HOW PEOPLE VOTE? : Civic Literacy and Political Participation

By: Lancy Lobo and Jayesh Shah. (eds.)

2019. HOW PEOPLE VOTE? : Civic Literacy and Political Participation,  Jaypur: Rawat Publications.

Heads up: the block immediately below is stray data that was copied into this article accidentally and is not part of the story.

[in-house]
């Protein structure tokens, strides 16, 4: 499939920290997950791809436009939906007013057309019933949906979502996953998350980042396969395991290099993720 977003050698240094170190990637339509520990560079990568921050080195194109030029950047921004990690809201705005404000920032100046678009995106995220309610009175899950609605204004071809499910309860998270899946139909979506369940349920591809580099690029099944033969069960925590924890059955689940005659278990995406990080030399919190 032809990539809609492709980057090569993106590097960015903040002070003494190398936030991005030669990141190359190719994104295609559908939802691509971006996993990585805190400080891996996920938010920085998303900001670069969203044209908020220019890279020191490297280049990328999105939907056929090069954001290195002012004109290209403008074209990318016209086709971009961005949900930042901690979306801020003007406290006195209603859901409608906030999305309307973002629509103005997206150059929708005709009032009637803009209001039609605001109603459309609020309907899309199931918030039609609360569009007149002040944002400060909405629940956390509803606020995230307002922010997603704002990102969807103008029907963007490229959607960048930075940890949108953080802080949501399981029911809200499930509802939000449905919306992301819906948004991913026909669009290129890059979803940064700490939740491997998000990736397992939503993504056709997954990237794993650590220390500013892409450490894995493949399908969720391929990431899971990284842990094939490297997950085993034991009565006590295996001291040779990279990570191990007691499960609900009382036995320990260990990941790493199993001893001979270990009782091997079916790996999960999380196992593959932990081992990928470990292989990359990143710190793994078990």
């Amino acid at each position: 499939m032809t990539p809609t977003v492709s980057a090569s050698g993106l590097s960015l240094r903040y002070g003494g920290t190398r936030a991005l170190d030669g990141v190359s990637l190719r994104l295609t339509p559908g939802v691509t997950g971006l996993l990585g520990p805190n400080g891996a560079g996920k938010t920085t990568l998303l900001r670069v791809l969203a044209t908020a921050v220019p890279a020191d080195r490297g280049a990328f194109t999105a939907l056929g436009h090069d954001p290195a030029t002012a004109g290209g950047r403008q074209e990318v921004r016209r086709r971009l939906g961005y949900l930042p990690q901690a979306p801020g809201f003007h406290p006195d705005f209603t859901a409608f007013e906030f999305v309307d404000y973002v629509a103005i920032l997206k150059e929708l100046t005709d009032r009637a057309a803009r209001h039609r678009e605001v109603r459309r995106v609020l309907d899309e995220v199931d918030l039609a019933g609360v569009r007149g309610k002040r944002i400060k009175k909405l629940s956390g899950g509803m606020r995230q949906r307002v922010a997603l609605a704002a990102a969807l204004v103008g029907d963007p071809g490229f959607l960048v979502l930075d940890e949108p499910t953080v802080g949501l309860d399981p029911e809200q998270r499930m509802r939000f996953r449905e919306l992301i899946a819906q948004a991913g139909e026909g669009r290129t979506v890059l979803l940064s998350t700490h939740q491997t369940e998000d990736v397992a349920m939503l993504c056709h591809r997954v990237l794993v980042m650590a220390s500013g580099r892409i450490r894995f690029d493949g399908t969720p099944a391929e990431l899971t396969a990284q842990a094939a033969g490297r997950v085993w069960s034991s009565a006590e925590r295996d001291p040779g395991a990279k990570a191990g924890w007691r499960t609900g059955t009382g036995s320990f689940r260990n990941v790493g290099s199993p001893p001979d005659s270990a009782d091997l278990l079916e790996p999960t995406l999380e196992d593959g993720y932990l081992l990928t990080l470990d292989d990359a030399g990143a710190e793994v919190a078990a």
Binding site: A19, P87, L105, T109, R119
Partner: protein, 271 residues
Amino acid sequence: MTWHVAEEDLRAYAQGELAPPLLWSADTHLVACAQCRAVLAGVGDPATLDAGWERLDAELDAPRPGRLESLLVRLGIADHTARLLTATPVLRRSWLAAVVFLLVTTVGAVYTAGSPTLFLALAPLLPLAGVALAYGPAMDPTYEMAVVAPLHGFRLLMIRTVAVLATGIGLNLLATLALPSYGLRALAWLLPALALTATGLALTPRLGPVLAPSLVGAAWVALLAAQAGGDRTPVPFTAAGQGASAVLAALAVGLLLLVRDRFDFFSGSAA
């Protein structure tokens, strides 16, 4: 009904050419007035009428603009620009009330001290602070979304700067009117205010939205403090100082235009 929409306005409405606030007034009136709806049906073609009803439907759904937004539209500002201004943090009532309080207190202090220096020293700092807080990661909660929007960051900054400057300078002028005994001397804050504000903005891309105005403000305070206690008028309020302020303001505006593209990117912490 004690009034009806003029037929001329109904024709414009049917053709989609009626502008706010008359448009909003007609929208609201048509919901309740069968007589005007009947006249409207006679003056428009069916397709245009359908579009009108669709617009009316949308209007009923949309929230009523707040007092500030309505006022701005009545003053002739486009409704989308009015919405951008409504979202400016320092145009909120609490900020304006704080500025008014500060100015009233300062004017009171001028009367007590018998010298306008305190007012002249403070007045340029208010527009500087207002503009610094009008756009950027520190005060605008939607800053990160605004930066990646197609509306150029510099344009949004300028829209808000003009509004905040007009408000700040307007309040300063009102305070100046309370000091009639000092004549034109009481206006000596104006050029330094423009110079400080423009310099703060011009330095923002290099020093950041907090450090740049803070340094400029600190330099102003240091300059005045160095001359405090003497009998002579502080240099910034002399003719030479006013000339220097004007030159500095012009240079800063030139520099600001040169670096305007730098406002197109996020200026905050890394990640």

How people vote in a liberal, open, competitive democracy is a big question in two senses. First, as Indian voters make up one-sixth of the world’s total electorate, their voting behavior considerably matters to the future of representative democracy everywhere. Second, as India faces so many challenges to its social, ideological and political cohesion, what people think about voting is significant to how India will evolve in the future.Political participation is central to the democratic system and civic literacy plays an instrumental role in it. This volume examines the impact of civic literacy on political participation, by studying voting behaviour in local, assembly and parliament elections in rural, semi-urban and urban areas of Gujarat. The conclusions are drawn from what people said and what was observed on the ground, combining booth-wise analysis of votes polled with indices of civic awareness and political participation.The main questions addressed are: (i) what is the level of civic literacy and political participation of the citizens? (Ii) How to measure civic literacy and political participation? (iii) What are the variables influencing civic literacy and political participation? (iv) How are civic literacy and political participation linked? (v) To what extent individuals vote as individuals, transcending caste and creed? (vi) To what extent has Indian democracy matured in terms of electoral behaviour.This book will interest students and teachers in social sciences, and all those engaged in citizenship education towards perfecting procedural and substantive democracy in India. Book Review